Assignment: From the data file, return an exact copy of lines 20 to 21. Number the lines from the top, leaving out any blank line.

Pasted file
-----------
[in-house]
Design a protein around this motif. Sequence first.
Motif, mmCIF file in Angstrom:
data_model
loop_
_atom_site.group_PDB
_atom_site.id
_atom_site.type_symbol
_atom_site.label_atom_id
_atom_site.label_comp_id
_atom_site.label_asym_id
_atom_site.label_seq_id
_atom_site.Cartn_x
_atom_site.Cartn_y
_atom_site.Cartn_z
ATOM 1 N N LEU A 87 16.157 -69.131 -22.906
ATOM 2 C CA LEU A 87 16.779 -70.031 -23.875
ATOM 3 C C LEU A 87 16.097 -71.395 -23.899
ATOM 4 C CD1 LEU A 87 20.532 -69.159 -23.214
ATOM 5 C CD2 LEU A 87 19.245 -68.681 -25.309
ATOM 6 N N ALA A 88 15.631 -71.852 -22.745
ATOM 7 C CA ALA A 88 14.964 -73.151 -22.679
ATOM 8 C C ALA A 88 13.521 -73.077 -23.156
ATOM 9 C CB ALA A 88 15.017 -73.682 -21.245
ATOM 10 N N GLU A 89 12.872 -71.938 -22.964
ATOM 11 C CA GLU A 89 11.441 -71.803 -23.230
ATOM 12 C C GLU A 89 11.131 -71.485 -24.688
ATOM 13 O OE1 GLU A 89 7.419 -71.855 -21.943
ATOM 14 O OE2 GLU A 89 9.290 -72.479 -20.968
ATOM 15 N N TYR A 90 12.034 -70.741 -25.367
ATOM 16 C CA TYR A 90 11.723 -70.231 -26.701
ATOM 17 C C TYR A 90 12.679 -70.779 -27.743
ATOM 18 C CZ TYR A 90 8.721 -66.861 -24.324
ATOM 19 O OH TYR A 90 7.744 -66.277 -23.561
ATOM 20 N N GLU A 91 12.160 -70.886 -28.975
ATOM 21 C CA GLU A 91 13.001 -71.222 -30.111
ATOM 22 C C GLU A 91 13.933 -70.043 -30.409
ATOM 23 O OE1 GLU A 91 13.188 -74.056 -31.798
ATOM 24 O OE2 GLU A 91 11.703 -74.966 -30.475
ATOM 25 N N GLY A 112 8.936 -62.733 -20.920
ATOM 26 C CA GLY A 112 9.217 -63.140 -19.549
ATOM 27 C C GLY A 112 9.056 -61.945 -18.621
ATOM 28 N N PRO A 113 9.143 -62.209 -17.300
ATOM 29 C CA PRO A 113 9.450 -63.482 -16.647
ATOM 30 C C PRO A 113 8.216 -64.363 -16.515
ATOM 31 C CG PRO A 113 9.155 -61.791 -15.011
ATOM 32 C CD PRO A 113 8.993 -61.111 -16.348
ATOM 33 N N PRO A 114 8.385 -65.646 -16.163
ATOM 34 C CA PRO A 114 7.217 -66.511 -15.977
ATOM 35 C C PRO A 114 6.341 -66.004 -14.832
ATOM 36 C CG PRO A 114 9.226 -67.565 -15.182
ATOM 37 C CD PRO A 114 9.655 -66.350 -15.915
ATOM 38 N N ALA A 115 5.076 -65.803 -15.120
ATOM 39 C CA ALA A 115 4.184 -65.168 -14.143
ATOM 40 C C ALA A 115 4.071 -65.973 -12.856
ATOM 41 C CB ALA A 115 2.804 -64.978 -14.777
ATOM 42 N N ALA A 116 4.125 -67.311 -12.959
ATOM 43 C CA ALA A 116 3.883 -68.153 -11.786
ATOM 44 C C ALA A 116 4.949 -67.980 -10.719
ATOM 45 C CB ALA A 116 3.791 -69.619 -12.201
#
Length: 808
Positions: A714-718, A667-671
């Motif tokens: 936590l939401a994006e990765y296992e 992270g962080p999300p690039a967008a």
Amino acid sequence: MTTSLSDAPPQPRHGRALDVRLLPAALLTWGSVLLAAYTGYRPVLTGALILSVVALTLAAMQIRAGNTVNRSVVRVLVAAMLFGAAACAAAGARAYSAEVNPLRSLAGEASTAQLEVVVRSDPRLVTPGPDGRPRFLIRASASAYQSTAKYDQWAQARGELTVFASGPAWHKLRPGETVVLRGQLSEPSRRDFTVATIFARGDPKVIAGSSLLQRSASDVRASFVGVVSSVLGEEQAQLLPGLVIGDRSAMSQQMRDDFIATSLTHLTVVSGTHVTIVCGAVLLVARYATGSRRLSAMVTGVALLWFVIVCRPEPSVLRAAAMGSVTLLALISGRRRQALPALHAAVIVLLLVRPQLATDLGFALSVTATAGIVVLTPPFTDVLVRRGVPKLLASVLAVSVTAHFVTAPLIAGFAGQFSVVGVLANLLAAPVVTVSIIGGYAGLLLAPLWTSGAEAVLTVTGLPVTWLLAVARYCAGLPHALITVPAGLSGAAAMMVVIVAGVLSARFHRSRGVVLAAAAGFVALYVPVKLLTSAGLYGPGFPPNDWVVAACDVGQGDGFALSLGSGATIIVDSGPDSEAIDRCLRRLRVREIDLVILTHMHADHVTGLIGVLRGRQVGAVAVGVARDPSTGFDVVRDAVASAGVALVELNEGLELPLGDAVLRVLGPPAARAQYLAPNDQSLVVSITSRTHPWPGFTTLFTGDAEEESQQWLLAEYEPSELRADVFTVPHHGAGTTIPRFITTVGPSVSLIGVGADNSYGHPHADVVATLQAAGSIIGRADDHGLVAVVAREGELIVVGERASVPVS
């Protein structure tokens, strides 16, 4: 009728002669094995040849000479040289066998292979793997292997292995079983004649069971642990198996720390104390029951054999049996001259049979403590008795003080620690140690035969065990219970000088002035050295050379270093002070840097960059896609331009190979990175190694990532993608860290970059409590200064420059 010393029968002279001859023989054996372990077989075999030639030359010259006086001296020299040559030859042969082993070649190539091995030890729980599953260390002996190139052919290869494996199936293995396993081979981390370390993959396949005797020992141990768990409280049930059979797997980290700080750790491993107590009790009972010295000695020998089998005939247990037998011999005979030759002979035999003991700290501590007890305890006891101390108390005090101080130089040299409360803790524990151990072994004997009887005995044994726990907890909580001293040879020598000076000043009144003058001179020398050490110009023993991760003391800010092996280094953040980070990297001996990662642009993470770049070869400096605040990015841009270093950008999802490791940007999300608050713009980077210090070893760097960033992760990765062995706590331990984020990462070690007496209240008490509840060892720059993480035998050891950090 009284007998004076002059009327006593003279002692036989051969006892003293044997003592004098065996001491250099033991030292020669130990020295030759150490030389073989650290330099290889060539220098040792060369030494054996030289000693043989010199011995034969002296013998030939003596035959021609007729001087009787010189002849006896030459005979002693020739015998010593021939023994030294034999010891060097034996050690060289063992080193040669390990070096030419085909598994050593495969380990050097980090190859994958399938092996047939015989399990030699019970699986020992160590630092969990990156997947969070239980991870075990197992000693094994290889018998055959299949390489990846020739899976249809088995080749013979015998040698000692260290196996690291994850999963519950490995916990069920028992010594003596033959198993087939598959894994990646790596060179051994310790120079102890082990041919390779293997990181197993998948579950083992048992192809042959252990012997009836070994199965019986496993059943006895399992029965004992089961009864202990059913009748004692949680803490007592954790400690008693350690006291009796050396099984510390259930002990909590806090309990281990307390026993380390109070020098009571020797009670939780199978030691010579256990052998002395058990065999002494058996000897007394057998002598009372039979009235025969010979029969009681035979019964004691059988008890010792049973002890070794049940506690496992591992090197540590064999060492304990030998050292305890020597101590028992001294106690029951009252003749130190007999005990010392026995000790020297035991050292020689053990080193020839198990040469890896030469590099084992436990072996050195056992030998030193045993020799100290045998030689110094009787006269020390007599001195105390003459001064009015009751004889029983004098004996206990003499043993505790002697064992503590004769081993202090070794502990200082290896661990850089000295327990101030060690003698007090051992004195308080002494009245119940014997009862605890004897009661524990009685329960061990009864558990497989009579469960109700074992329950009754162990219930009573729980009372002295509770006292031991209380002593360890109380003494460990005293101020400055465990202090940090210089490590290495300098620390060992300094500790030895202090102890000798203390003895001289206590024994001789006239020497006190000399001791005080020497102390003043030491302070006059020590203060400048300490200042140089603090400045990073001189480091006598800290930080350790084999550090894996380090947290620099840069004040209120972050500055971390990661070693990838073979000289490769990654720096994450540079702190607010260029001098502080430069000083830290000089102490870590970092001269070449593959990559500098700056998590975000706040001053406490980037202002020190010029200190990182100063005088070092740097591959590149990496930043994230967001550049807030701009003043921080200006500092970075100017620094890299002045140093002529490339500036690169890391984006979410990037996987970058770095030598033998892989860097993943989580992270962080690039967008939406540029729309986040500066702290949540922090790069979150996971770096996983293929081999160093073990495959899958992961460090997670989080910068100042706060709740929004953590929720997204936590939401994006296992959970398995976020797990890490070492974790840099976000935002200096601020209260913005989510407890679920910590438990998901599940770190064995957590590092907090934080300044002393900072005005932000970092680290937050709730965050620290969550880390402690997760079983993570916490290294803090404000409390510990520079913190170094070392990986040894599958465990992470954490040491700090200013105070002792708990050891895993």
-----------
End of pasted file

ATOM 5 C CD2 LEU A 87 19.245 -68.681 -25.309
ATOM 6 N N ALA A 88 15.631 -71.852 -22.745